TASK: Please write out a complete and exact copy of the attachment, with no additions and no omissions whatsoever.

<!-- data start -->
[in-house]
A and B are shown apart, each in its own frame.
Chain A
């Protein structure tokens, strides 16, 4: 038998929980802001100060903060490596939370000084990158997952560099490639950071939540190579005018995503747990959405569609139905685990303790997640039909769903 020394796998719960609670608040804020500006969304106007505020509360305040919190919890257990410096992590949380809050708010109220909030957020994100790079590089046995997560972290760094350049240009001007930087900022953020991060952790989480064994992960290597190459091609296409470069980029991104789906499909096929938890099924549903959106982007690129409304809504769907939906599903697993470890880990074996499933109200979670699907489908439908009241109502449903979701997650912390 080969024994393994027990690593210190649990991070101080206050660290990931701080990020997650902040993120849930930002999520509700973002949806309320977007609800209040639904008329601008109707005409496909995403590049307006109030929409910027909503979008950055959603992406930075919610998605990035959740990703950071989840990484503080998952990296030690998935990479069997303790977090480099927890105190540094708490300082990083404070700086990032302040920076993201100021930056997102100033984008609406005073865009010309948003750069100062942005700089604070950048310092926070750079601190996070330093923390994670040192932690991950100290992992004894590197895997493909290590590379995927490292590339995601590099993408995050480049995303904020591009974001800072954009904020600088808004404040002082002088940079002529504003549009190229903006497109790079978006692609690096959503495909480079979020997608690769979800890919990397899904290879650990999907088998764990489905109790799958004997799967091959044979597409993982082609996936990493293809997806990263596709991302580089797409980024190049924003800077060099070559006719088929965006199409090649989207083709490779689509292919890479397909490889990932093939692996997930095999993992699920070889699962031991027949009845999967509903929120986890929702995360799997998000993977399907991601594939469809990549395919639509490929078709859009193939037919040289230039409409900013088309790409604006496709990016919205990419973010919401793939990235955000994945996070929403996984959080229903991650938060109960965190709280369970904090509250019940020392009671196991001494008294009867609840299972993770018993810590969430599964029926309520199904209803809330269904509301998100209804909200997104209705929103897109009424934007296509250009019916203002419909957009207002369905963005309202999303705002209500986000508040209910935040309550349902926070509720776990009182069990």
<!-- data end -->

[in-house]
A and B are shown apart, each in its own frame.
Chain A
């Protein structure tokens, strides 16, 4: 038998929980802001100060903060490596939370000084990158997952560099490639950071939540190579005018995503747990959405569609139905685990303790997640039909769903 020394796998719960609670608040804020500006969304106007505020509360305040919190919890257990410096992590949380809050708010109220909030957020994100790079590089046995997560972290760094350049240009001007930087900022953020991060952790989480064994992960290597190459091609296409470069980029991104789906499909096929938890099924549903959106982007690129409304809504769907939906599903697993470890880990074996499933109200979670699907489908439908009241109502449903979701997650912390 080969024994393994027990690593210190649990991070101080206050660290990931701080990020997650902040993120849930930002999520509700973002949806309320977007609800209040639904008329601008109707005409496909995403590049307006109030929409910027909503979008950055959603992406930075919610998605990035959740990703950071989840990484503080998952990296030690998935990479069997303790977090480099927890105190540094708490300082990083404070700086990032302040920076993201100021930056997102100033984008609406005073865009010309948003750069100062942005700089604070950048310092926070750079601190996070330093923390994670040192932690991950100290992992004894590197895997493909290590590379995927490292590339995601590099993408995050480049995303904020591009974001800072954009904020600088808004404040002082002088940079002529504003549009190229903006497109790079978006692609690096959503495909480079979020997608690769979800890919990397899904290879650990999907088998764990489905109790799958004997799967091959044979597409993982082609996936990493293809997806990263596709991302580089797409980024190049924003800077060099070559006719088929965006199409090649989207083709490779689509292919890479397909490889990932093939692996997930095999993992699920070889699962031991027949009845999967509903929120986890929702995360799997998000993977399907991601594939469809990549395919639509490929078709859009193939037919040289230039409409900013088309790409604006496709990016919205990419973010919401793939990235955000994945996070929403996984959080229903991650938060109960965190709280369970904090509250019940020392009671196991001494008294009867609840299972993770018993810590969430599964029926309520199904209803809330269904509301998100209804909200997104209705929103897109009424934007296509250009019916203002419909957009207002369905963005309202999303705002209500986000508040209910935040309550349902926070509720776990009182069990």